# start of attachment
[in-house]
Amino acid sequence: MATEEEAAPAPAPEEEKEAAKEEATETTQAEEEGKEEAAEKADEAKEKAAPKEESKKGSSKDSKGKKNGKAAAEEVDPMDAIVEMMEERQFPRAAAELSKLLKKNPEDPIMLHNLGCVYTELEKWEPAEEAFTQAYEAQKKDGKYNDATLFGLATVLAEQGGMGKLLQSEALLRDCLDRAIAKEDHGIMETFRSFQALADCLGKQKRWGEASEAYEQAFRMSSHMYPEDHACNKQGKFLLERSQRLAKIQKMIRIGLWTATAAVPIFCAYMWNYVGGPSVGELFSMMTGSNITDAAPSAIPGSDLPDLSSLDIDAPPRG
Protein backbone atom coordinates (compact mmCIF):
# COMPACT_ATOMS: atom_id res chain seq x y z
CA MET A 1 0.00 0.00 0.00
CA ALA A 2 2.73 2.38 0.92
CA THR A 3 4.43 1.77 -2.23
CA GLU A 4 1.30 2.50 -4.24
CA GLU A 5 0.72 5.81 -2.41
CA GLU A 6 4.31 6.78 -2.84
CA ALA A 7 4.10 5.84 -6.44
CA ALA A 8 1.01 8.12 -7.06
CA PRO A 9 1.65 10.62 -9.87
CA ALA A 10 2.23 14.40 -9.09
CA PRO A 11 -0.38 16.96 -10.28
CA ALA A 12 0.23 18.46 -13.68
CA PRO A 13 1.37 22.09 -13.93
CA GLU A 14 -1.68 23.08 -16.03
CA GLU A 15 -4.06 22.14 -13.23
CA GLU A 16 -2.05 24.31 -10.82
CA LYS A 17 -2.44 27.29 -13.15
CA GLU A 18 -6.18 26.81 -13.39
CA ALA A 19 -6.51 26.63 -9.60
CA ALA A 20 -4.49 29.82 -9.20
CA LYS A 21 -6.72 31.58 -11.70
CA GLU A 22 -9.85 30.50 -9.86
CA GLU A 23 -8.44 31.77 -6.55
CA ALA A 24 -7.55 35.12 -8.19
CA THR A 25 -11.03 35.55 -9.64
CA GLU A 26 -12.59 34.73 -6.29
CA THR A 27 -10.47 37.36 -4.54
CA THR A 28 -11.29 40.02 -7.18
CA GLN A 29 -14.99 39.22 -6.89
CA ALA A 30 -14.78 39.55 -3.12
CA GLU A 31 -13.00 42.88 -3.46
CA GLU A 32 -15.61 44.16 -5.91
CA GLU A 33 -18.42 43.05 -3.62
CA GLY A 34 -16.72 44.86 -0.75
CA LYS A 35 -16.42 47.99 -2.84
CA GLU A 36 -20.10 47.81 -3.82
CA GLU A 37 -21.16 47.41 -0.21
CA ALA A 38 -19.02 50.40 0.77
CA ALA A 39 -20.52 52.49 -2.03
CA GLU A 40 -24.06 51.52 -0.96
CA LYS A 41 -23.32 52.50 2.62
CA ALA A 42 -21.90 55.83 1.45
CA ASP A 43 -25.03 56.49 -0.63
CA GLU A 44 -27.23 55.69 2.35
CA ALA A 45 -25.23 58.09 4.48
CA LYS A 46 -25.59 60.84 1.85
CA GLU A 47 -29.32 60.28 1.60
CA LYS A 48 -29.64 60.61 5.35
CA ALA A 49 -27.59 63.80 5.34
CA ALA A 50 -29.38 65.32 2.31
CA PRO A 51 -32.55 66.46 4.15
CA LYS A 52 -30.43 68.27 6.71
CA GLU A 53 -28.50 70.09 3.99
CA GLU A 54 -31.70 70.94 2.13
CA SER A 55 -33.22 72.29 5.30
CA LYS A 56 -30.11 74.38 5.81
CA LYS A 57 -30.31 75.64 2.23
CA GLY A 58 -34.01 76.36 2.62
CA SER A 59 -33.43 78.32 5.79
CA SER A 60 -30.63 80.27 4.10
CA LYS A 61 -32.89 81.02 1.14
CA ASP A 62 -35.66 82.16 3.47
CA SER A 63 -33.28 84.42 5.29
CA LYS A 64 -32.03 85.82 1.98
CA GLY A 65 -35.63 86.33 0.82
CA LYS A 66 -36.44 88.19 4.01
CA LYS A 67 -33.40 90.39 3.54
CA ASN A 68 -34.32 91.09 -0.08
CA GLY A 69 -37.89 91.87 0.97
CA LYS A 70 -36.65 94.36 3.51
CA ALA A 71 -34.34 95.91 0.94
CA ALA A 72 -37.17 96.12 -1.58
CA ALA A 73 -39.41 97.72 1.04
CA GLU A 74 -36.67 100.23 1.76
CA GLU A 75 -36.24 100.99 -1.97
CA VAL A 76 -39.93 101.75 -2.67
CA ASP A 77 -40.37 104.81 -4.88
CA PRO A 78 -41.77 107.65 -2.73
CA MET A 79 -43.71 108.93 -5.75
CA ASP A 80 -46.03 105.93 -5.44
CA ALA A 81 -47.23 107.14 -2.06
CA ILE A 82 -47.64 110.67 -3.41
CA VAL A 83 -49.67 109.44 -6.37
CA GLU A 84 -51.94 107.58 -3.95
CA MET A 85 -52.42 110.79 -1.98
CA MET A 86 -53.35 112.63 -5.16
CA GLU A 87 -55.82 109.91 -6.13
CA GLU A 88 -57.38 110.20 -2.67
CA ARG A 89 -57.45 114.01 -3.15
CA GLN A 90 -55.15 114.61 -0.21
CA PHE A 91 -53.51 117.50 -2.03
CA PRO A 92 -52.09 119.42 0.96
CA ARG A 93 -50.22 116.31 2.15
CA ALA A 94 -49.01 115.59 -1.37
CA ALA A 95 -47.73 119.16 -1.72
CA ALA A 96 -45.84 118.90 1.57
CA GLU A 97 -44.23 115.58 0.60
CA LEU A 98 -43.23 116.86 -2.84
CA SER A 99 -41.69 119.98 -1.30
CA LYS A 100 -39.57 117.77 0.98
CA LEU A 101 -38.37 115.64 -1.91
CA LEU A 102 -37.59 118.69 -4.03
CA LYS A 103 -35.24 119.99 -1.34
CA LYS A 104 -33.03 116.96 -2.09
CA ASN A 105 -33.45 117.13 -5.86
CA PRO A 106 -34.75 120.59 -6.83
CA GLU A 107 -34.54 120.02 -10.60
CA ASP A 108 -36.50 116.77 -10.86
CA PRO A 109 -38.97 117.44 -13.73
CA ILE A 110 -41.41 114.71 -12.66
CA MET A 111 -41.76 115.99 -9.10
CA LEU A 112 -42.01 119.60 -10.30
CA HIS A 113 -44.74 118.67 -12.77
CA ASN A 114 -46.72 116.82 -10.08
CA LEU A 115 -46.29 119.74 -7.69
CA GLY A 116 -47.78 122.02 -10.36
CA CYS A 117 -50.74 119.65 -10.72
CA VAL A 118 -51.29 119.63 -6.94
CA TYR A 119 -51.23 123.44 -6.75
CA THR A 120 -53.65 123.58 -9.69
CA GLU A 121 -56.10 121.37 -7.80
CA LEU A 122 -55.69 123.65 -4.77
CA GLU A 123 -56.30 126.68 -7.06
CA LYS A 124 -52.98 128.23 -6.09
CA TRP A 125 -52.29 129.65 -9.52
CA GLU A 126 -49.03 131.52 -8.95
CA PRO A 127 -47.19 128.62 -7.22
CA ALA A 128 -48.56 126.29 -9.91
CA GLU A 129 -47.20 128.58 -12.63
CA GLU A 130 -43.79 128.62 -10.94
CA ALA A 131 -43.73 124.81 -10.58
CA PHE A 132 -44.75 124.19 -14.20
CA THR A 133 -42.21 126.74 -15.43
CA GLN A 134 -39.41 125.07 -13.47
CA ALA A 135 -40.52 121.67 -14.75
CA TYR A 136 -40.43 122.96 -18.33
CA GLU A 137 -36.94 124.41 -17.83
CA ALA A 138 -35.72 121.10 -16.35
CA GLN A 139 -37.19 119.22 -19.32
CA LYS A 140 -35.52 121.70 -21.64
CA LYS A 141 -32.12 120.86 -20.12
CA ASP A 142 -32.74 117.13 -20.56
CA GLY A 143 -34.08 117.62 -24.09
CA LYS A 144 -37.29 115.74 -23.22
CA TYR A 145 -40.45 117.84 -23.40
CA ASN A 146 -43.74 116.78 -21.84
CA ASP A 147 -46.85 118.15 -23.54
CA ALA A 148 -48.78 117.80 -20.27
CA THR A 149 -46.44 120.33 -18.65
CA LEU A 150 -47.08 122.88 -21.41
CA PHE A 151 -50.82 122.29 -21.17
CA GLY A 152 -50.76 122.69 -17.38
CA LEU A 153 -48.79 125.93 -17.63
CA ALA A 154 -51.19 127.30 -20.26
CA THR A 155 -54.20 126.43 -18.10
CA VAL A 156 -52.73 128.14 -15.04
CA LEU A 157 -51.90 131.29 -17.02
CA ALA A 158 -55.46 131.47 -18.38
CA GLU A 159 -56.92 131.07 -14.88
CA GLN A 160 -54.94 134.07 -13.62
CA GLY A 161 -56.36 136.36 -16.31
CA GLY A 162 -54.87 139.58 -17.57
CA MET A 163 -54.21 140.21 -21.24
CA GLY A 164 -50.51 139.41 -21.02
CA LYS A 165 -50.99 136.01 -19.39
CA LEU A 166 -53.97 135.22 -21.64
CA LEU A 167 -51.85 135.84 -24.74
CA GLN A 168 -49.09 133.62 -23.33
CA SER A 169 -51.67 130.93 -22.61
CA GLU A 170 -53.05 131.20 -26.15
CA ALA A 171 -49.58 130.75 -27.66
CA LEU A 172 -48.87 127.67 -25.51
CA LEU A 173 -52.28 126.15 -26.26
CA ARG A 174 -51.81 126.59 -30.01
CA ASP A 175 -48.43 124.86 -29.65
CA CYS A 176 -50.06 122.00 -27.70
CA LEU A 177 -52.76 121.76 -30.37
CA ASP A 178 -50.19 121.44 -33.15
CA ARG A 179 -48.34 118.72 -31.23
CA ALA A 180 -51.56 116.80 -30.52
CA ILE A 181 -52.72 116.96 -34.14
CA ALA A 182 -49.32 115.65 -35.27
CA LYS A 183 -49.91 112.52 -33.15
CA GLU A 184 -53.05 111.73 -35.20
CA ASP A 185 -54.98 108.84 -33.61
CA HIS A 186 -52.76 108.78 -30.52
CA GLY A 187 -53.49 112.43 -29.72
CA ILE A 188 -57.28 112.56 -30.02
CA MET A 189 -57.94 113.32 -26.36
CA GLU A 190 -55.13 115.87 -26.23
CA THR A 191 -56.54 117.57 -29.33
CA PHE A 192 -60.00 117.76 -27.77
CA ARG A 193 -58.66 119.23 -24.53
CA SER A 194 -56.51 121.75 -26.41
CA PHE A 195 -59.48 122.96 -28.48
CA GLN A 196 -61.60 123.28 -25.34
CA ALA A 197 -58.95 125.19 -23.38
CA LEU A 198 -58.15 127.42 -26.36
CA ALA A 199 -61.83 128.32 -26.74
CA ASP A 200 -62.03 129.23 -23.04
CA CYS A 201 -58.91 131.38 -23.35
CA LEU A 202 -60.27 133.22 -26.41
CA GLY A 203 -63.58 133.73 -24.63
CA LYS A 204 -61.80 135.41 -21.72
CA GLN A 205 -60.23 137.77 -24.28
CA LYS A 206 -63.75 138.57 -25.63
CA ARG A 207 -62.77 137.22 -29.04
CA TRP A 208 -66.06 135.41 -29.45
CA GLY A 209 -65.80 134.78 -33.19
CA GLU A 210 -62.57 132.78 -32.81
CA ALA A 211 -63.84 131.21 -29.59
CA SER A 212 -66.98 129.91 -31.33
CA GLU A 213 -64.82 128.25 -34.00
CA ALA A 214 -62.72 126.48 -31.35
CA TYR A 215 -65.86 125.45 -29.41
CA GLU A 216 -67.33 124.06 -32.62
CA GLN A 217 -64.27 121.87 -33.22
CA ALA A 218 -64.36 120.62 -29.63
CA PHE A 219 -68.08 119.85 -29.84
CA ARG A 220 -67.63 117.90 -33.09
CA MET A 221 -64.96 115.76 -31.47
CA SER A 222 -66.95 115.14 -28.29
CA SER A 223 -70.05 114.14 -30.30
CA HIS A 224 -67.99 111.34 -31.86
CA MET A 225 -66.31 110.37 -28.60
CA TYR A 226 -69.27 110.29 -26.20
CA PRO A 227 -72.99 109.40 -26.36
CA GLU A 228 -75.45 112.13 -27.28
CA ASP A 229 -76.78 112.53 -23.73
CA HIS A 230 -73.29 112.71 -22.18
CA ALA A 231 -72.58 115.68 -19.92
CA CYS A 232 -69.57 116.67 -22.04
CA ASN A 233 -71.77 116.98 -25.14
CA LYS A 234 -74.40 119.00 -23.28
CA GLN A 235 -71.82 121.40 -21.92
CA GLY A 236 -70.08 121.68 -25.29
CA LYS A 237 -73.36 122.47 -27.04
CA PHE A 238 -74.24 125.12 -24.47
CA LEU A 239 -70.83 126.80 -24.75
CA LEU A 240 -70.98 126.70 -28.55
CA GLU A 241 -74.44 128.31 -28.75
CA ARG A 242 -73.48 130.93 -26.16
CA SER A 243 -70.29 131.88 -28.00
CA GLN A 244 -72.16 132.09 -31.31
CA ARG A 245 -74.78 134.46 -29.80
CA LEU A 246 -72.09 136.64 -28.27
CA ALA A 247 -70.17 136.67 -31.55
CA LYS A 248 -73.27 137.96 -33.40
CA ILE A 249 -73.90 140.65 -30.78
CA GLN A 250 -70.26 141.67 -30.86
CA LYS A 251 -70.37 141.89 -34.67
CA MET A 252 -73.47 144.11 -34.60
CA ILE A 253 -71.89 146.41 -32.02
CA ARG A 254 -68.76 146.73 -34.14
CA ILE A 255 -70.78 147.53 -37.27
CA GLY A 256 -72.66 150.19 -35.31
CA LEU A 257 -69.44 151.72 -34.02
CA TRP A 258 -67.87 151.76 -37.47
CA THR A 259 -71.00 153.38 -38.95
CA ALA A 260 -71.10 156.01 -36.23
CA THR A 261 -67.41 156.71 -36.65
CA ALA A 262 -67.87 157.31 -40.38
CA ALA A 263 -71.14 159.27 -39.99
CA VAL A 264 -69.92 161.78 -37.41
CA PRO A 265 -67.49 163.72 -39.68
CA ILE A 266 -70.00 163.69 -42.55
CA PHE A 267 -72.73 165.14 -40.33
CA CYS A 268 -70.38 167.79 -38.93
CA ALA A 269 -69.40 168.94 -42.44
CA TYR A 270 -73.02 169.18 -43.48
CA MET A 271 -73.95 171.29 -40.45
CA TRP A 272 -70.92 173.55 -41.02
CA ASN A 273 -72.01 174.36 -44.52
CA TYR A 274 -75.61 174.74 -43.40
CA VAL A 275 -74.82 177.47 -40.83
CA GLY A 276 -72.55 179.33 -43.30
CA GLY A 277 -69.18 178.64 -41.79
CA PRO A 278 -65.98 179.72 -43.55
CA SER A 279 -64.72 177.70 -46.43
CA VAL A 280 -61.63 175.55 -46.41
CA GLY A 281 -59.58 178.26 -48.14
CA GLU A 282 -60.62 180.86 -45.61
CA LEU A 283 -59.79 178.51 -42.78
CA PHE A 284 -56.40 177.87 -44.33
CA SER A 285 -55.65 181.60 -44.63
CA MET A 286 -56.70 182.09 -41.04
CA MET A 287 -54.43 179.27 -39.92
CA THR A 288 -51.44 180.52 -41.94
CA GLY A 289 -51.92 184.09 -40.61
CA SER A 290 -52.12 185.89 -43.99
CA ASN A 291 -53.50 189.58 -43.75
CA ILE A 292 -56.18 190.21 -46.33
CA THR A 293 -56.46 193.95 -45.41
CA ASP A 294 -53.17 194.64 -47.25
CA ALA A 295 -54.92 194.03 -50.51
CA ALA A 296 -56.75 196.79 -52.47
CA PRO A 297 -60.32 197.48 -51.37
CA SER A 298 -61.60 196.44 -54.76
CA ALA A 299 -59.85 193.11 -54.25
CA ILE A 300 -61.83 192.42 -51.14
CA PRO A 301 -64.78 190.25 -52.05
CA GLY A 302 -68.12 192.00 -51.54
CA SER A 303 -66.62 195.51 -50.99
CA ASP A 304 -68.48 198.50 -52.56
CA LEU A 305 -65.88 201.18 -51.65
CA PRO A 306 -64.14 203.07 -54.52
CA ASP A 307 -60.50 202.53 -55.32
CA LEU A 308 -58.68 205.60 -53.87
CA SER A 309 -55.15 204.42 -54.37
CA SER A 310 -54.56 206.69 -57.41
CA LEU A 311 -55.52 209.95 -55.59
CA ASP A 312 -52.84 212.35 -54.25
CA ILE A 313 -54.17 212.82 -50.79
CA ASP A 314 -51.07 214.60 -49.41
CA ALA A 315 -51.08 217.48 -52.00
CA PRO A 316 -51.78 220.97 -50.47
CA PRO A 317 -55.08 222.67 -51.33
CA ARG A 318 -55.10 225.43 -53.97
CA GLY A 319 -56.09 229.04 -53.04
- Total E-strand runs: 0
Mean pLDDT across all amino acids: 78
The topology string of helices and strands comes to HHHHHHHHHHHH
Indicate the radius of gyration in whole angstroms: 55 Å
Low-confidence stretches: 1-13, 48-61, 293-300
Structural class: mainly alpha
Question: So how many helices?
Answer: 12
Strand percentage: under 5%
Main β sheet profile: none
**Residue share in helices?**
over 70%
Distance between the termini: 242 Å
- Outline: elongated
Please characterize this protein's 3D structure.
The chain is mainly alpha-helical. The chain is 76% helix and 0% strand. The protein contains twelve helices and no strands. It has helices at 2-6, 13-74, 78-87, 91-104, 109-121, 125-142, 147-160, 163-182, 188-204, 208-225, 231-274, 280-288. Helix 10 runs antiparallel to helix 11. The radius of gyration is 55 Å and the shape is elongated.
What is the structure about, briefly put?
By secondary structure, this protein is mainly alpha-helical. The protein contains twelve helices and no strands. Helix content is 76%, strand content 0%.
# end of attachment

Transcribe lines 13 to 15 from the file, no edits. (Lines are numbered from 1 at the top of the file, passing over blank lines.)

CA PRO A 9 1.65 10.62 -9.87
CA ALA A 10 2.23 14.40 -9.09
CA PRO A 11 -0.38 16.96 -10.28